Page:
8. Reznichenko, A. S., Carin Huyser, and Michael S. Pepper. "Mitochondrial transfer: Ethical, legal and social implications in assisted reproduction." South African Journal of Bioethics and Law 8, no. 2 (2015): 32-35.
  9. Robertson, John A. "Oocyte Cytoplasm Transfers and the Ethics of Germ‐Line Intervention." The Journal of Law, Medicine & Ethics 26, no. 3 (1998): 211-220.
  10. Yabuuchi, Akiko, Zeki Beyhan, Noriko Kagawa, Chiemi Mori, Kenji Ezoe, Keiichi Kato, Fumihito Aono, Yuji Takehara, and Osamu Kato. "Prevention of mitochondrial disease inheritance by assisted reproductive technologies: Prospects and challenges." Biochimica et Biophysica Acta (BBA)-General Subjects 1820, no. 5 (2012): 637-642.


  • [1]These technologies are also sometimes referred to as "mitochondrial replacement" and "mitochondrial manipulation."
  • [2]The Nuffield Council on Bioethics is an independent body in the UK that addresses and reports on ethical issues in biology and medicine. "It was established by the Trustees of the Nuffield Foundation in 1991, and since 1994 it has been funded jointly by the Foundation, the Wellcome Trust and the Medical Research Council." See more at: The HFEA is an executive body of the UK's Department of Health and oversees "the use of gametes and embryos in fertility treatment and research." See more at:

This material is based upon work supported by the National Science Foundation under Award No. 1355547, Karin Ellison and Joseph Herkert, Arizona State University sub-award Co-PIs. Any opinions, findings, and conclusions or recommendations expressed in this material are those of the author(s) and do not necessarily reflect the views of the National Science Foundation.

The author wishes to acknowledge the contributions of Karin Ellison, OEC - Life and Environmental Sciences Editor, and Joseph Herkert, OEC Engineering co-Editor. They provided valuable input in selecting topics and crafting the resources.

Valerie Racine. . Case: Mitochondrial Transfer Therapy as Enhancement Technology. Online Ethics Center. DOI:.

The UK government’s announcement of its approval of mitochondrial transfer therapies made headlines throughout the world, with many scientists, doctors, and ethicists welcoming the decision as a positive step towards preventing children being born with debilitating conditions from dysfunctional mitochondria and giving many prospective parents hope to have healthy, genetically-related children. Despite the prospects of these benefits, the decision also raised several ethical concerns. First, a common ethical concern that emerged after news of the decision was whether the interventions created “three-parent babies,” as the resulting embryos from the modified eggs or zygotes would include genetic material from three individuals. Some scientists have suggested that the term is misleading and merely the result of media sensationalism because mitochondria possess only a very small number of genes and their functions are not known to contribute to physical attributes (Reznichenko et al. 2015). Others have insisted that scientists are still unsure about the exact role of mitochondrial DNA and the interactions between mitochondrial DNA and nuclear DNA in gene expression (Dimond 2015). However, philosophers have pointed out that the debate about the nature and extent of the genetic contribution of mitochondrial DNA rests on a problematic assumption of genetic determinism; that is, the idea that an individual’s essence or personal identity is founded on her DNA (Baylis 2013; Dimond 2015). Others have argued that the ethical permissibility of the procedures does not rest on the fact that they will affect the identity of the future child (because that is a given), but on the fact that they will safeguard the future child’s right to an open future (because the child will be free of mitochondrial disease) (Bredenoord et al. 2011, 99).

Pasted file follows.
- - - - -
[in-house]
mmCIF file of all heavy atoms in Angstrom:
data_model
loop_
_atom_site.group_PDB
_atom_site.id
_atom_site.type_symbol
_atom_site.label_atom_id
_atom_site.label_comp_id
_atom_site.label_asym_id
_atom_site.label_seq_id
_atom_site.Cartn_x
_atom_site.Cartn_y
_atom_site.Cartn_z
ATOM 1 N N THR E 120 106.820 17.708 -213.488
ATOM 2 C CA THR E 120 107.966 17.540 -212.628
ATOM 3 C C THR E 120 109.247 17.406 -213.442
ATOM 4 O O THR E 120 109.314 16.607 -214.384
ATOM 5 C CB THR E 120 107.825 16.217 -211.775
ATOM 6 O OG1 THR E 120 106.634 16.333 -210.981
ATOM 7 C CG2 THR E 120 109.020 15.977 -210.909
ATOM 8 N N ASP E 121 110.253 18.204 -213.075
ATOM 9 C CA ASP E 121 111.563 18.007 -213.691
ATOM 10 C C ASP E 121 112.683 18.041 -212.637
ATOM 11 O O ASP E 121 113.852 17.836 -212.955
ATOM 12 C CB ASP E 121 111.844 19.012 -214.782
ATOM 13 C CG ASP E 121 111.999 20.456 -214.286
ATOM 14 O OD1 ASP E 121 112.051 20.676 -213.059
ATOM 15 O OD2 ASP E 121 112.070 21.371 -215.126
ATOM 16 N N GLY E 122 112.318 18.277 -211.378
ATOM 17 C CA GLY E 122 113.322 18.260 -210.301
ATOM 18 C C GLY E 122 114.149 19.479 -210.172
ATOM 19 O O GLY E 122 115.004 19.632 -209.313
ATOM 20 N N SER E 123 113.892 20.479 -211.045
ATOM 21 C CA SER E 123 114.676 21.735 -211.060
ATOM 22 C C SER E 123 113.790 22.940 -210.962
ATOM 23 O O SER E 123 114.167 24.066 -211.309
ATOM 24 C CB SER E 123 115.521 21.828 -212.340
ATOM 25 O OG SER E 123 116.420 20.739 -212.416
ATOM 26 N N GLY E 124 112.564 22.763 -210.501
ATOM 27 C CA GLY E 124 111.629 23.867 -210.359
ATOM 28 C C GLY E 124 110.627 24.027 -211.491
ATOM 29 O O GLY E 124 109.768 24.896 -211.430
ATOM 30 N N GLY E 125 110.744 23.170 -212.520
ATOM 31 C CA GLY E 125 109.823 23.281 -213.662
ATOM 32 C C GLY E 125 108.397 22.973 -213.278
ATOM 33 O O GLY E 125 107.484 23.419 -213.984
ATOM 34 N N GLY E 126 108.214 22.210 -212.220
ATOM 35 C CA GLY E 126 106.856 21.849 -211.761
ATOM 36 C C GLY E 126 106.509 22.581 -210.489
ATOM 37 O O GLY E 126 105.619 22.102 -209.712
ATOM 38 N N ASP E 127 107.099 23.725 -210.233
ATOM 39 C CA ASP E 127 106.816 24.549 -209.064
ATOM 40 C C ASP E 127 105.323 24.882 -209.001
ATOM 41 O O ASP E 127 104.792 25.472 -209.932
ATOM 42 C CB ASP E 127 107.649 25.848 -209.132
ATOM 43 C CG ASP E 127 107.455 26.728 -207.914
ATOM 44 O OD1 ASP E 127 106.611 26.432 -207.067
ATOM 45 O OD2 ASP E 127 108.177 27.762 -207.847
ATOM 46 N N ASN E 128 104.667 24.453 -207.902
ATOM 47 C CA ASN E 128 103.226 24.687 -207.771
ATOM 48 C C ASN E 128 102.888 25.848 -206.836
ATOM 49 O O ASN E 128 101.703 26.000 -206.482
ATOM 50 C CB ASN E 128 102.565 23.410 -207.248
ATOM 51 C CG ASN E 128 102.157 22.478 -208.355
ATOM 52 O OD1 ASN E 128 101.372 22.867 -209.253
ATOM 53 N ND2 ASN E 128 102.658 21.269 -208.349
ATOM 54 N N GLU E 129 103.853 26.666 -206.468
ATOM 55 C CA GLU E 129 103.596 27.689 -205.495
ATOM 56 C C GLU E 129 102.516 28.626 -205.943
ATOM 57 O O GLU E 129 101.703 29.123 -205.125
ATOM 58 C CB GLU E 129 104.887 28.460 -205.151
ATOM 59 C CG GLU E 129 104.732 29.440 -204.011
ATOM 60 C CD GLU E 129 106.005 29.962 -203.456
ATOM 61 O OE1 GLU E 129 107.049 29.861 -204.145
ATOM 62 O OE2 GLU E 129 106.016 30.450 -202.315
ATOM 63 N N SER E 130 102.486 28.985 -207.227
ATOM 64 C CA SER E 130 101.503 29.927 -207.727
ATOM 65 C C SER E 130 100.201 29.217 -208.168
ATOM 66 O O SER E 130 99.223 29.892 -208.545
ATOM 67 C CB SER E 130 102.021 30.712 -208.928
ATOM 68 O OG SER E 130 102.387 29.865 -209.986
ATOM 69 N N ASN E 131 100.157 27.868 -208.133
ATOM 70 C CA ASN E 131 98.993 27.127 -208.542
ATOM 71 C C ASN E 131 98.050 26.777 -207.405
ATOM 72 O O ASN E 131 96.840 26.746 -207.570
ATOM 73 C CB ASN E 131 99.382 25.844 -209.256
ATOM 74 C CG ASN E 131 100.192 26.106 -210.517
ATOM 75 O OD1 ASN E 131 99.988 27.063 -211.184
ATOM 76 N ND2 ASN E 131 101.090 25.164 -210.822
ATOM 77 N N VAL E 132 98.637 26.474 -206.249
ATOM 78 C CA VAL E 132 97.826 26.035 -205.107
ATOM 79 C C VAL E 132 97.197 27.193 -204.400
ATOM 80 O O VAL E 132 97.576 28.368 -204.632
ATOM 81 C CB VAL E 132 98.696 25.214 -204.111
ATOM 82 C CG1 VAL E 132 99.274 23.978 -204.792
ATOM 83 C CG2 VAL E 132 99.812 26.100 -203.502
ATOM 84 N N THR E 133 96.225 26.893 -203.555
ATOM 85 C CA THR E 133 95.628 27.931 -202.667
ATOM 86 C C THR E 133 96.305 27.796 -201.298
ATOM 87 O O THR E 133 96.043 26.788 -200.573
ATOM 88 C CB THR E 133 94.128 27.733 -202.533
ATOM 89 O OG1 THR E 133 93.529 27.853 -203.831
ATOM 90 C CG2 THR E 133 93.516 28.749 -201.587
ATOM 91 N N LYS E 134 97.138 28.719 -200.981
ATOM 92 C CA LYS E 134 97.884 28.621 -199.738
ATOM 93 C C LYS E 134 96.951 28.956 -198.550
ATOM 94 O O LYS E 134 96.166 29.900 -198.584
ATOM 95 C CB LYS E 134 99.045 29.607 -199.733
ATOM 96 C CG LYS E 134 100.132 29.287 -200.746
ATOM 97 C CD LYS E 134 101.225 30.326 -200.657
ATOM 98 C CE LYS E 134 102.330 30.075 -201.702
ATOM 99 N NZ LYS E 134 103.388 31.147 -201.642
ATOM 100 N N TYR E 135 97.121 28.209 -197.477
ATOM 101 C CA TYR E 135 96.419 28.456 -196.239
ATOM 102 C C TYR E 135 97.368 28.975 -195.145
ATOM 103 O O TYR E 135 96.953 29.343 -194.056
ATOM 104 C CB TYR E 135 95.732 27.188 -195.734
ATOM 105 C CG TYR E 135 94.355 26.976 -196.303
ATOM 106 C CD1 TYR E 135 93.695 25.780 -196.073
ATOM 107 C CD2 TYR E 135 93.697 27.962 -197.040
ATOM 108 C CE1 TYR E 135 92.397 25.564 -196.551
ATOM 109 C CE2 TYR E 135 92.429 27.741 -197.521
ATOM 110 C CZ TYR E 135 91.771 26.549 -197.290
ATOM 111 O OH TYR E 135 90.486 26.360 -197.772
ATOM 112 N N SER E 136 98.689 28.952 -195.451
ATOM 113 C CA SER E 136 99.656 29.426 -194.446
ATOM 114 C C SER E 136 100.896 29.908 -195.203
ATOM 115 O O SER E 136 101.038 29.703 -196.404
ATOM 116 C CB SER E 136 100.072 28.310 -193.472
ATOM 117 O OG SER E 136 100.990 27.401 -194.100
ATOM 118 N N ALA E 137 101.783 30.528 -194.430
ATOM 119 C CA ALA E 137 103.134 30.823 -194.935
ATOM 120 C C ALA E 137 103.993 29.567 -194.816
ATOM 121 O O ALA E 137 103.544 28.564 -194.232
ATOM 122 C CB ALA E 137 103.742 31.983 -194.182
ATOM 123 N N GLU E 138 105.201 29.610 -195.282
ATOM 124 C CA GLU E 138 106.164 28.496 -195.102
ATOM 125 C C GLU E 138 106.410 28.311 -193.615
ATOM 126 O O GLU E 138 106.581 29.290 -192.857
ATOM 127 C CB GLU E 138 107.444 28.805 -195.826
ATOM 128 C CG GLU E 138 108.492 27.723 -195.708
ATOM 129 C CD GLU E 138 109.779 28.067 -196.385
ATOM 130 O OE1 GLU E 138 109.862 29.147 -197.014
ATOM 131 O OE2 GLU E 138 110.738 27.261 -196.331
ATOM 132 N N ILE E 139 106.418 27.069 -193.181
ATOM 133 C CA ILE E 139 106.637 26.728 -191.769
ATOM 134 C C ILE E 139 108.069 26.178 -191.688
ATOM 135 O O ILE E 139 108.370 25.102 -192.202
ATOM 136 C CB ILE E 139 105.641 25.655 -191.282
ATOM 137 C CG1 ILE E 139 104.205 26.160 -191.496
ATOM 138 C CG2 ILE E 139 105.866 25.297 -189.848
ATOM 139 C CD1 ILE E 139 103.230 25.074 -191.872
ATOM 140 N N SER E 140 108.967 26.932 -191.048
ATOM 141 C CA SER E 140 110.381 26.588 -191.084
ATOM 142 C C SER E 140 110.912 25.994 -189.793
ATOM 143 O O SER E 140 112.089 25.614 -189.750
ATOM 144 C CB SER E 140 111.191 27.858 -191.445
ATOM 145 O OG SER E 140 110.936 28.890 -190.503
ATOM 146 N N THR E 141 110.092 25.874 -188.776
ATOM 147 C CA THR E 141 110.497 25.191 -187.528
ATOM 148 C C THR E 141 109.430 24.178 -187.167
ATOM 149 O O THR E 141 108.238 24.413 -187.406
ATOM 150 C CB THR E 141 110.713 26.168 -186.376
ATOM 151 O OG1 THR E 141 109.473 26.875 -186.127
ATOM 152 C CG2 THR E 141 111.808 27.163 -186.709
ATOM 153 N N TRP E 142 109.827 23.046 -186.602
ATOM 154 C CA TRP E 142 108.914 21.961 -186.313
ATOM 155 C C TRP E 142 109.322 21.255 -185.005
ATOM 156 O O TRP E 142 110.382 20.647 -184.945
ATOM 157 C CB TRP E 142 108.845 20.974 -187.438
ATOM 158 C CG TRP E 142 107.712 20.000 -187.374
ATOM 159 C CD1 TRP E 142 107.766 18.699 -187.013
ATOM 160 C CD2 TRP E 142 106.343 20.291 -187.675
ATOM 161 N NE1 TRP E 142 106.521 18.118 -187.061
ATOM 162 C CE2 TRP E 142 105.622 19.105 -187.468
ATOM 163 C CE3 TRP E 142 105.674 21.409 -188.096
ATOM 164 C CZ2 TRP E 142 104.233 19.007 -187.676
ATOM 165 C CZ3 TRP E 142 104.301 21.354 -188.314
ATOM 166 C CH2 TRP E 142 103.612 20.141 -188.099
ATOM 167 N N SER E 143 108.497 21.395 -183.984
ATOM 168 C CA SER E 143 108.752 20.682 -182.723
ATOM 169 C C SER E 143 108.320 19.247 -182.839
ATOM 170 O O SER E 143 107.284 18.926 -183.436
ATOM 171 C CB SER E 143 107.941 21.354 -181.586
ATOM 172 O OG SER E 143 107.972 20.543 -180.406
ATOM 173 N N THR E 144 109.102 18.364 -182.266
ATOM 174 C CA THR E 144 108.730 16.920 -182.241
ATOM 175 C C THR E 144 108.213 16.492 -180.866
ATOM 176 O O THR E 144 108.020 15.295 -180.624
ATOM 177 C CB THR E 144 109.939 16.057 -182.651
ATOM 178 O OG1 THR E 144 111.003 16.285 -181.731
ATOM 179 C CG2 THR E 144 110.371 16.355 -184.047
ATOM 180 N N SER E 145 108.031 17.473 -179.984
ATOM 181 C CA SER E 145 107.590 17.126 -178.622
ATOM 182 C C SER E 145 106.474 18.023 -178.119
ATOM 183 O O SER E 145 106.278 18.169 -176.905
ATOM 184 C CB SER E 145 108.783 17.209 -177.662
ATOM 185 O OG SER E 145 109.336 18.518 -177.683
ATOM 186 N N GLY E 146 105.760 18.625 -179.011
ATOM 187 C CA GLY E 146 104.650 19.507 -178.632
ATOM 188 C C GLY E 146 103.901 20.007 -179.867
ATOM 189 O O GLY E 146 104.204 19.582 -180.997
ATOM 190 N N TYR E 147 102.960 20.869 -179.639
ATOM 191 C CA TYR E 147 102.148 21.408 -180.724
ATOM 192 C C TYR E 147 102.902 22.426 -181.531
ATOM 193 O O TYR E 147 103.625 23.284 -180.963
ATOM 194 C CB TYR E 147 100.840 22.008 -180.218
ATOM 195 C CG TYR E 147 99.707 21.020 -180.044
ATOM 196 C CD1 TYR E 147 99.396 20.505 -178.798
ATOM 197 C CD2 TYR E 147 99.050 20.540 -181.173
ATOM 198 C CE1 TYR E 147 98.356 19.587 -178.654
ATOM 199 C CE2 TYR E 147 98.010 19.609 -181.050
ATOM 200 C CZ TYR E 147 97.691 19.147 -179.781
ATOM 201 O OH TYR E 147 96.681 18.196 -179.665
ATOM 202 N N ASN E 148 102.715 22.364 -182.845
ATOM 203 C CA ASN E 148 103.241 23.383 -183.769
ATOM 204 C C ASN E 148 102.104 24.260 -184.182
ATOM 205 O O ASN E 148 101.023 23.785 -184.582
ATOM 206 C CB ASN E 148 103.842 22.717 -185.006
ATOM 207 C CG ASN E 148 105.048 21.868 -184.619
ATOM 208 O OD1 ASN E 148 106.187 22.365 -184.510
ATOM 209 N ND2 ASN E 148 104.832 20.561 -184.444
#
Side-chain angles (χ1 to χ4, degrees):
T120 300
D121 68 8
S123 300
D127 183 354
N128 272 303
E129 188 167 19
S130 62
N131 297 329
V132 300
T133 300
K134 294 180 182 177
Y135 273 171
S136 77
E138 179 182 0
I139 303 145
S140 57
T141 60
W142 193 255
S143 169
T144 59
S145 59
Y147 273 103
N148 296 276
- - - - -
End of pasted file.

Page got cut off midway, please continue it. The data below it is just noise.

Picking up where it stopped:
Second, because the proposed therapies have been defined as germline gene therapy, ethicists raised the possibility that the UK’s decision could lead to a slippery slope to eugenics or lead to the creation of designer babies, if/when the interventions become available for non-therapeutic purposes. For example, older women without mitochondrial mutations may seek these interventions in the future to enhance fertility (Couzin-Frankel 2015). Or, perhaps, lesbian couples might want to use these technologies to ensure that their child carries both of their genetic material (Dimond 2015). These hypothetical scenarios would be enhancements, rather than therapies, and would invoke further ethical concerns about non-therapeutic applications of these interventions for human enhancement.

Third, because germline modifications entail the transmission of those modifications to later generations, some have raised concerns about the lack of knowledge of long-term consequences and whether they pose unacceptable risk. Of course, scientists cannot be expected to know all possible consequences in advance, so some level of risk is considered to be acceptable. But, the science is complex and a lot about mitochondrial genes and their functions in gene expression is still unknown. Thus, the language used by the HFEA, claiming the procedures are “not unsafe,” might be misleading (Dimond 2015). Fourth, conservative critics of the procedures have focused their criticisms on the pronuclear transfer technique because it involves the creation and destruction of embryos and, as such, it stands in opposition to the principle of the sanctity of life (Dimond 2015).

Finally, bioethicist Francoise Baylis has provided more general criticisms of the underlying assumptions motivating these sorts of procedures. Baylis argues that a “wish,” rather than a “need,” for genetically-related children might place undue risk on egg providers and it may impose health risks on future children (Baylis 2013). In fact, women affected with mitochondrial mutations have many other options to become mothers. They can become pregnant and undergo prenatal diagnosis of the developing fetus, and then decide to terminate the pregnancy if the fetus is affected. They can use IVF technologies and pre-implantation genetic diagnosis to select healthy embryos. They can choose egg donation or embryo donation and then have IVF. Or, they can adopt (Baylis 2013). Baylis further argues that investing limited resources in the development of mitochondrial transfer interventions for a relatively non-prevalent condition, which could be addressed with many other measures, might not be morally justifiable (Baylis 2013).